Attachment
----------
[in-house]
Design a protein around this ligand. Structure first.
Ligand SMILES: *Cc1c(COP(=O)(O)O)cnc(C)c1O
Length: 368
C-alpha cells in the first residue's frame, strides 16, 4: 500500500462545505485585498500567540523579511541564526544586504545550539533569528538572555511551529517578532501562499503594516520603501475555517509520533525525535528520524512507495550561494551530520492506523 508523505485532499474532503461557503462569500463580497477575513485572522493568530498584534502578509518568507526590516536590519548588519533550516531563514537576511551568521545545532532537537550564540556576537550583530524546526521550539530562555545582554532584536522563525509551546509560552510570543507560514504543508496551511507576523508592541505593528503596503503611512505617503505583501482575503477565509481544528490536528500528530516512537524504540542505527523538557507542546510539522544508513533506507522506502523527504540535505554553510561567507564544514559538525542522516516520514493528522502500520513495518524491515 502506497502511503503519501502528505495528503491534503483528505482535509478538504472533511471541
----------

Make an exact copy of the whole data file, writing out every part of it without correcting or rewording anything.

[in-house]
Design a protein around this ligand. Structure first.
Ligand SMILES: *Cc1c(COP(=O)(O)O)cnc(C)c1O
Length: 368
C-alpha cells in the first residue's frame, strides 16, 4: 500500500462545505485585498500567540523579511541564526544586504545550539533569528538572555511551529517578532501562499503594516520603501475555517509520533525525535528520524512507495550561494551530520492506523 508523505485532499474532503461557503462569500463580497477575513485572522493568530498584534502578509518568507526590516536590519548588519533550516531563514537576511551568521545545532532537537550564540556576537550583530524546526521550539530562555545582554532584536522563525509551546509560552510570543507560514504543508496551511507576523508592541505593528503596503503611512505617503505583501482575503477565509481544528490536528500528530516512537524504540542505527523538557507542546510539522544508513533506507522506502523527504540535505554553510561567507564544514559538525542522516516520514493528522502500520513495518524491515 502506497502511503503519501502528505495528503491534503483528505482535509478538504472533511471541